Alex Ferguson was given 20 percent chance of survival after brain haemorrhage

Sir Alex Ferguson was given a 20 percent chance of survival by medics after suffering a brain haemorrhage.

The revelation of how close Ferguson came to losing his life is made in a new film, Never Give In, about the life of the legendary former Manchester United boss.

In the film, Ferguson reveals that five people were admitted to Salford Royal Hospital with brain haemorrhages on the same day, with only two of them surviving.

Ferguson, 79, talks candidly about his near-death experience in the film and opens up, admitting he feared dying after he collapsed at home in May 2018.

“I remember falling, after that I don't remember a thing,” said Ferguson. “I just suddenly stopped. I was in no man's land.

“That day there were five brain haemorrhages and three died. Only two survived, I was one of them. So you know you're lucky.

“It was beautiful weather, I always remember that.

“You're looking out of the hospital window and you're saying 'I wonder how many more sunny days I'm ever going to see again?' I found that difficult.

“Then I lost my voice, I just couldn't get a word out. That was terrifying, absolutely terrifying.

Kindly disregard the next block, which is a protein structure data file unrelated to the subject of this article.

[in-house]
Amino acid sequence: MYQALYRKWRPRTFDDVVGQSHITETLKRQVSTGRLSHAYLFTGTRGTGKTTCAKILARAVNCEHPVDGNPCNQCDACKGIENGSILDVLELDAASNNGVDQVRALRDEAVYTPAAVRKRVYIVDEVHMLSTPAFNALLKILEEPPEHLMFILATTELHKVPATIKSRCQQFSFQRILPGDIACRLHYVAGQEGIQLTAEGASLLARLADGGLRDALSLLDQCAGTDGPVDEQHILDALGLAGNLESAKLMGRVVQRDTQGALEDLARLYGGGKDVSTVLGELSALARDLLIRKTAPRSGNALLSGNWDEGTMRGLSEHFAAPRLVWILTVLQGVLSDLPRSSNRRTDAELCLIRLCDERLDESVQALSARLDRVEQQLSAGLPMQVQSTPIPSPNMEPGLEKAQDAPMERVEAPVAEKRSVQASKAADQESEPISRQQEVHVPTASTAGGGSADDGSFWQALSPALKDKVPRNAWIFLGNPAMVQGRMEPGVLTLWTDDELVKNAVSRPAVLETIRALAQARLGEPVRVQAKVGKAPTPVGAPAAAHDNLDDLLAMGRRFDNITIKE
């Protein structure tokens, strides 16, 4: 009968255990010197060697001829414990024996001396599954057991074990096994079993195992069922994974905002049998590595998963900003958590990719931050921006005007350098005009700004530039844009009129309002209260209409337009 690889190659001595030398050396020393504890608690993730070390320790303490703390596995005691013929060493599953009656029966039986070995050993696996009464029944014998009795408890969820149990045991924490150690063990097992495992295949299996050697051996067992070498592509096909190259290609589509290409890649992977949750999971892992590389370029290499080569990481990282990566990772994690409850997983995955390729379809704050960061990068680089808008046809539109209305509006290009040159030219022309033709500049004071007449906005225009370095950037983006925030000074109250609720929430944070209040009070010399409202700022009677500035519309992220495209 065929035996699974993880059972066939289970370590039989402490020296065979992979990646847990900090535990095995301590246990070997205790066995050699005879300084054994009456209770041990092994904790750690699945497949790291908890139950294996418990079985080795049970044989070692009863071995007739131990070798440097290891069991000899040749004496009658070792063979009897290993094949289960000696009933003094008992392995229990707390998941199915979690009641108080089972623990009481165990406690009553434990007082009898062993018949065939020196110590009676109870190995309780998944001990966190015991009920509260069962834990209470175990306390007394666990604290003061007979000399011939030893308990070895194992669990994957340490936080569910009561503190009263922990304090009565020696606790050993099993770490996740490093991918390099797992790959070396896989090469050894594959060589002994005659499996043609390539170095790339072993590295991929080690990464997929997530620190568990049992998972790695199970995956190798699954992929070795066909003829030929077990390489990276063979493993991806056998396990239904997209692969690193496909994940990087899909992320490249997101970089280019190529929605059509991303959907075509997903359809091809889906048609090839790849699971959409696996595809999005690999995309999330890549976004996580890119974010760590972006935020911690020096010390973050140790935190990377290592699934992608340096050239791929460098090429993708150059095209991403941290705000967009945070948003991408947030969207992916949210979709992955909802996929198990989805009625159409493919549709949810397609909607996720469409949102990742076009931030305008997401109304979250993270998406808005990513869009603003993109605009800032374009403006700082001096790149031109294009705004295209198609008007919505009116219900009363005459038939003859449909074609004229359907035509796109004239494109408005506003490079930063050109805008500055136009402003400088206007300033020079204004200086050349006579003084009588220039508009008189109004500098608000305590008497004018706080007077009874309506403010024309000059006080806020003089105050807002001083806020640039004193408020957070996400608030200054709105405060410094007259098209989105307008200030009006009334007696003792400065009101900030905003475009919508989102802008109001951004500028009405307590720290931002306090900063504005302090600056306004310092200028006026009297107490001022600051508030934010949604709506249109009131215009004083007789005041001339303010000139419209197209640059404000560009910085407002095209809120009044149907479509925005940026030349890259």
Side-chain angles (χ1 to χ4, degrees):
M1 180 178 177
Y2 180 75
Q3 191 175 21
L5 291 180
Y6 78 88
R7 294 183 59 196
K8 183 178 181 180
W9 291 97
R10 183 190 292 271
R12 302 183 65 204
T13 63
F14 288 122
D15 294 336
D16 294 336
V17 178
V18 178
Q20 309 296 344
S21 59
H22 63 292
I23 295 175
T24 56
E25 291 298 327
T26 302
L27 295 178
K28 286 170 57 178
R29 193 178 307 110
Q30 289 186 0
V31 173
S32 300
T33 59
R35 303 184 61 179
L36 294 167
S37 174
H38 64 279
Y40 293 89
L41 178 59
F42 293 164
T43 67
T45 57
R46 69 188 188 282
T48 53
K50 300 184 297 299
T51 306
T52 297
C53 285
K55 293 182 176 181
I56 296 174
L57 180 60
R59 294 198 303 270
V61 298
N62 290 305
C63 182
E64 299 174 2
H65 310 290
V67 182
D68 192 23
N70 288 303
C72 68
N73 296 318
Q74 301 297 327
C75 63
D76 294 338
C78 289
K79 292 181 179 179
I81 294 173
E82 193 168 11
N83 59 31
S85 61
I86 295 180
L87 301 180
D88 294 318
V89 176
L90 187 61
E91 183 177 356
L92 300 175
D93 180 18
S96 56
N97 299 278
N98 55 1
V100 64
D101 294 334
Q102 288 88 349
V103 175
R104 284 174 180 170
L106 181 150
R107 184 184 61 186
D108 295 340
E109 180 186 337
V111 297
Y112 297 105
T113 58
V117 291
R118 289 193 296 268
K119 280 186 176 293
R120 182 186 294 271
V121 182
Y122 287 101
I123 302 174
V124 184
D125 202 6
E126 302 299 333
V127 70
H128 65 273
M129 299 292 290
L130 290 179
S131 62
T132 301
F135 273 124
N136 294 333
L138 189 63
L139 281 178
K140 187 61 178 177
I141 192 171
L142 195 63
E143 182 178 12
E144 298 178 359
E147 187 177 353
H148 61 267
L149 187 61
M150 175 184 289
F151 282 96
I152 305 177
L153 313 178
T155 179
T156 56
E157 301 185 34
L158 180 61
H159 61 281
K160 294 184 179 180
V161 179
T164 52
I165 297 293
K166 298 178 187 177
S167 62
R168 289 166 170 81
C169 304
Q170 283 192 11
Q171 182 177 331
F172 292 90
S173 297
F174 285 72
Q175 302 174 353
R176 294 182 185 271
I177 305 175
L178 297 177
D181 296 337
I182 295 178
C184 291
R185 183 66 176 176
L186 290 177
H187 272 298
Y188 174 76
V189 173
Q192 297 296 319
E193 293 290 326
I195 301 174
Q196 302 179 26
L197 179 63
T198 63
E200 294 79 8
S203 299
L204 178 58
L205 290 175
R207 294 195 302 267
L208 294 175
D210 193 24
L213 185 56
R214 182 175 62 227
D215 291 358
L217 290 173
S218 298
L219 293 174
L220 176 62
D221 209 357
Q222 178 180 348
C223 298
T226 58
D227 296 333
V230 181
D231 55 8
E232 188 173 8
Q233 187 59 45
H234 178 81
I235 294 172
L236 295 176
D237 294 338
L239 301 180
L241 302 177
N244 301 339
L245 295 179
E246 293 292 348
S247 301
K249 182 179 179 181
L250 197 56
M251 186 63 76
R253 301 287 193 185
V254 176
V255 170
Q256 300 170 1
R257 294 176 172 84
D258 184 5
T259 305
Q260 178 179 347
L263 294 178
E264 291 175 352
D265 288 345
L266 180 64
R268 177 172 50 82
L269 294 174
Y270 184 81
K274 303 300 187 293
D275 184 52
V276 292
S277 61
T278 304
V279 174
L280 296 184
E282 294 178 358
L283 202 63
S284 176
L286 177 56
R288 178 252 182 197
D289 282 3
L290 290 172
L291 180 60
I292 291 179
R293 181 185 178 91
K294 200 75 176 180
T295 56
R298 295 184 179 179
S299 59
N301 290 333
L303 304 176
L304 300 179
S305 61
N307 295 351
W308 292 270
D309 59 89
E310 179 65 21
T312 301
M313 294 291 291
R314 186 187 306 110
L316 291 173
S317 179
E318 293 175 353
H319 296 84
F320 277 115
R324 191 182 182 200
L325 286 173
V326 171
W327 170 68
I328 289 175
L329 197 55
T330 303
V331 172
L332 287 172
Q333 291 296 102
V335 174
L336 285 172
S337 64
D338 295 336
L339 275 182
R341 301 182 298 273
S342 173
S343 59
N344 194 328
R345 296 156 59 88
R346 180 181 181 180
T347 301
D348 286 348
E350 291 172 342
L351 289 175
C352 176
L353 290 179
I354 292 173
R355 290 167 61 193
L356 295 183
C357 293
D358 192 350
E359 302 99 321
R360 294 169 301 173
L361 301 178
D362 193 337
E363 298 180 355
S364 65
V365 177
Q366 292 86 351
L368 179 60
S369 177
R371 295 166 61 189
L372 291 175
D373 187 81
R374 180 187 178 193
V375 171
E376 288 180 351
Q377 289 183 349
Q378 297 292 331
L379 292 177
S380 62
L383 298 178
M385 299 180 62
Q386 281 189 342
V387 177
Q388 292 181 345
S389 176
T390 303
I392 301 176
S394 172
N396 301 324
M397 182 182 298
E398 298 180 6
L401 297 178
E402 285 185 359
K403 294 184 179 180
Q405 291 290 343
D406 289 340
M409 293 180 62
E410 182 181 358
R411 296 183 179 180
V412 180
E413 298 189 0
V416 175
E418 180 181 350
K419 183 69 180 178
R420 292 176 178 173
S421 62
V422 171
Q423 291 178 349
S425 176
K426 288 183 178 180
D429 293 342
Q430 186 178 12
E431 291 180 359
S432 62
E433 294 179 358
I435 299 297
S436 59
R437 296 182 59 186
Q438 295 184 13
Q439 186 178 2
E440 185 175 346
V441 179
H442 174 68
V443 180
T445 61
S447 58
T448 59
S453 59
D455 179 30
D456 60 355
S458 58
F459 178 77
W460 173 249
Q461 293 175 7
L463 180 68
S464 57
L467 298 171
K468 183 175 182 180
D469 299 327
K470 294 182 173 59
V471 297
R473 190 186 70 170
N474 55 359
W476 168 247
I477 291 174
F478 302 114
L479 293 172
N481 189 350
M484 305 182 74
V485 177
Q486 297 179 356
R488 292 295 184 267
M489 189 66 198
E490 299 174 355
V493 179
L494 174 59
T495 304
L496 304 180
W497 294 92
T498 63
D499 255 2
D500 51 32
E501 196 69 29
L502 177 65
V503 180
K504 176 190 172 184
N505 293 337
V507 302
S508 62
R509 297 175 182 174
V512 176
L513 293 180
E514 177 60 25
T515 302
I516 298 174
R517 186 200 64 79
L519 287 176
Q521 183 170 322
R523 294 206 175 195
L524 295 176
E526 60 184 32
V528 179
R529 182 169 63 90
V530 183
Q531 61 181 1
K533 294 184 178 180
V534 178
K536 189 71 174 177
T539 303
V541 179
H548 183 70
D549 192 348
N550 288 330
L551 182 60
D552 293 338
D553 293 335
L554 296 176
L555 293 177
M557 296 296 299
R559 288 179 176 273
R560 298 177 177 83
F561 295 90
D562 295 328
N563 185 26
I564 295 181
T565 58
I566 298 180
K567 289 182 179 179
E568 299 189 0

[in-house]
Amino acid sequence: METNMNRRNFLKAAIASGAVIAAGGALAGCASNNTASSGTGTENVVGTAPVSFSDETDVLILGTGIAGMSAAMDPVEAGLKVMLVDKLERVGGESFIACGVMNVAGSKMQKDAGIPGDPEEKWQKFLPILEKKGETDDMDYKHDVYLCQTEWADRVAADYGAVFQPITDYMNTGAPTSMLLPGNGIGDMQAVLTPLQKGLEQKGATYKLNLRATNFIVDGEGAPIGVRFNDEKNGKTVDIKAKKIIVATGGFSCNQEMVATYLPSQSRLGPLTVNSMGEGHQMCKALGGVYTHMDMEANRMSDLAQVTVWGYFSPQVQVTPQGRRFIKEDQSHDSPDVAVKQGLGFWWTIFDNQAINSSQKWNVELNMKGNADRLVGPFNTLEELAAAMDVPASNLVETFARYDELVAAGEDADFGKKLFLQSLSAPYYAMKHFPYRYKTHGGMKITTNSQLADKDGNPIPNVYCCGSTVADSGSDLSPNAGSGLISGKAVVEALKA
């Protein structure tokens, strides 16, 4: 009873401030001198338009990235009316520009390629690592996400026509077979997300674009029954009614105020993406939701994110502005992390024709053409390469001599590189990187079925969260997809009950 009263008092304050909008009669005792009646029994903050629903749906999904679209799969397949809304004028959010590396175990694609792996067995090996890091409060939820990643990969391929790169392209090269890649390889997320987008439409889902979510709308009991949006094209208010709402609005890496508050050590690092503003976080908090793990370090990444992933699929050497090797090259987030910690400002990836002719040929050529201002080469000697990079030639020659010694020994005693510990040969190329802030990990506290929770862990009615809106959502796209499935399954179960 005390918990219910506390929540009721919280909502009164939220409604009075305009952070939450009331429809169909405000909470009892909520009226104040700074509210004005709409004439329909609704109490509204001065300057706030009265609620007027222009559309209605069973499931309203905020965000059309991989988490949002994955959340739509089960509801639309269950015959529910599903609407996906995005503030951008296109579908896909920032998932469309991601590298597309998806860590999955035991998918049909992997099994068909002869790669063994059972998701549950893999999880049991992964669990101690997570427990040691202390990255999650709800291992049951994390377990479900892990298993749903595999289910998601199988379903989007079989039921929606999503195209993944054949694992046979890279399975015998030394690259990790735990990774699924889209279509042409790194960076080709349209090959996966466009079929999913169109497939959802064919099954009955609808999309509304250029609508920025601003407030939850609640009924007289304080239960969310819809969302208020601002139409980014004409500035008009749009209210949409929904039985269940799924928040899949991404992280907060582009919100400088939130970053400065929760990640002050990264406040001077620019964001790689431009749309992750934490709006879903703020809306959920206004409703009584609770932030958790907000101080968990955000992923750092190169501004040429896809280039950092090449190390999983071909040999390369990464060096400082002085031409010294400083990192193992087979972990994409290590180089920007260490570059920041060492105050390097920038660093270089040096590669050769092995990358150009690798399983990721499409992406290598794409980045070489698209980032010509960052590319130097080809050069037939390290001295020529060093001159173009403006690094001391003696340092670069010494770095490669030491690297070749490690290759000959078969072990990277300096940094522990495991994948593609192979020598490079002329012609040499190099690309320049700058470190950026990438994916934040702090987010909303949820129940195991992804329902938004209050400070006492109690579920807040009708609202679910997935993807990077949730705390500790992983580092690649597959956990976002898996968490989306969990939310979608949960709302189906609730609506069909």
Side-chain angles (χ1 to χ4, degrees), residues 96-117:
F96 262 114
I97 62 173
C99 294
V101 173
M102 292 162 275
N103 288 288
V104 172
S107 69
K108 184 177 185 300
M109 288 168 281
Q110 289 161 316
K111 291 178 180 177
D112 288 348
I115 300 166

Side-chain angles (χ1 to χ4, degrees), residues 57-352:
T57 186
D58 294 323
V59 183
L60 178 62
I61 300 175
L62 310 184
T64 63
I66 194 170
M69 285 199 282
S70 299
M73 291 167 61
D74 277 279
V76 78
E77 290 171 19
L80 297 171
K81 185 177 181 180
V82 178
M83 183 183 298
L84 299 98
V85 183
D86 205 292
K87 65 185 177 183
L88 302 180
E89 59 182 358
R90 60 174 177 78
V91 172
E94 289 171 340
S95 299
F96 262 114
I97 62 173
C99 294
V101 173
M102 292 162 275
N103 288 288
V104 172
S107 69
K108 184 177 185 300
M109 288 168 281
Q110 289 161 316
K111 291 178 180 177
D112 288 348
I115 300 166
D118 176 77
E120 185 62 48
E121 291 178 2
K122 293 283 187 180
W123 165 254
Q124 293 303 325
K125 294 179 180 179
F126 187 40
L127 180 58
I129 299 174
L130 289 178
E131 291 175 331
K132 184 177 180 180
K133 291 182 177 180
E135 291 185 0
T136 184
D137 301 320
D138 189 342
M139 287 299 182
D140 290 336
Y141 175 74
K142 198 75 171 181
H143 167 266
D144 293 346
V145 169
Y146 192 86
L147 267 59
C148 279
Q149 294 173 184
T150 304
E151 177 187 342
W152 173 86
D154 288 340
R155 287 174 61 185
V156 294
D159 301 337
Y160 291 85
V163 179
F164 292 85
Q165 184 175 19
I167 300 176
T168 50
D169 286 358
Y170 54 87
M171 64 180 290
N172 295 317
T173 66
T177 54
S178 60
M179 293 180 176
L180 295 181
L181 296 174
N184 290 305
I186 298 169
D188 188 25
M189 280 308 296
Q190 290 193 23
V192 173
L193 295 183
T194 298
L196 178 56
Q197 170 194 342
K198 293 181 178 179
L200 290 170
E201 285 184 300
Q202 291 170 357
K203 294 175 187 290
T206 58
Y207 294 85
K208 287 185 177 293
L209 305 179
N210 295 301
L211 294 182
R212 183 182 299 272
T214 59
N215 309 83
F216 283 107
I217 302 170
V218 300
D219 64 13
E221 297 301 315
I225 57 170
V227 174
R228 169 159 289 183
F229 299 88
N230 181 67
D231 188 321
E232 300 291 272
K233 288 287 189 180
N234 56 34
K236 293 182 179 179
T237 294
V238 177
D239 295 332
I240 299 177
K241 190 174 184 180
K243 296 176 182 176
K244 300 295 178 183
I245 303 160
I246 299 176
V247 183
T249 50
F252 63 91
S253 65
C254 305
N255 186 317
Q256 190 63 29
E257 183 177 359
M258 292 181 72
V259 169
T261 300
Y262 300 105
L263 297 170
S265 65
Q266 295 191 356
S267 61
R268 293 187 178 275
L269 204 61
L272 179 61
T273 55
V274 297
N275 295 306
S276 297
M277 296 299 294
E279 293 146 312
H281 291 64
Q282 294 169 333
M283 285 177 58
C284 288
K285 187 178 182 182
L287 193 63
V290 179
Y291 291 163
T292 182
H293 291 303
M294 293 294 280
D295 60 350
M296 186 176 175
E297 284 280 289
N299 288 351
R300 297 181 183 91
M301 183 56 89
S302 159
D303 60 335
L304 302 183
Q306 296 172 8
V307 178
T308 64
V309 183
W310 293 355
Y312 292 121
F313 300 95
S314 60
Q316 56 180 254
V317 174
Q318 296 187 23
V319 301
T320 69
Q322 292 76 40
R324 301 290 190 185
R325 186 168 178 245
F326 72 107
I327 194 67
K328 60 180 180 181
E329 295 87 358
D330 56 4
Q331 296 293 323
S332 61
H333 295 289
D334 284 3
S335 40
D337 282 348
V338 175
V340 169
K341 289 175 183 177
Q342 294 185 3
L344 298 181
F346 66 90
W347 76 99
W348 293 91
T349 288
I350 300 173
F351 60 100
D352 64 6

“Everything was going through my mind – 'is my memory going to be back and am I ever going to speak again?'

“I would have hated to have lost my memory. It would have been a terrible burden on the family, if I'm sitting in the house and I don't know who I am.

“Then this speech therapist came and started working on me, writing down all the members of your family, all the members of your football team, then asked me questions about animals, fish, birds.

“Eventually, after 10 days, my voice came back. I realised then, having gone through all that, my memory was fine.”

Consultant neurosurgeon Joshi George said: “I remember estimating his mortality at that point in time at 80 per cent. As in, there was an 80 per cent chance he would not survive.”

Reflecting on the first time he saw the film, directed by his son Jason and released in May, Ferguson said: “I was nearly crying at various parts of the film, I felt really emotional. It's a fantastic piece of work.”

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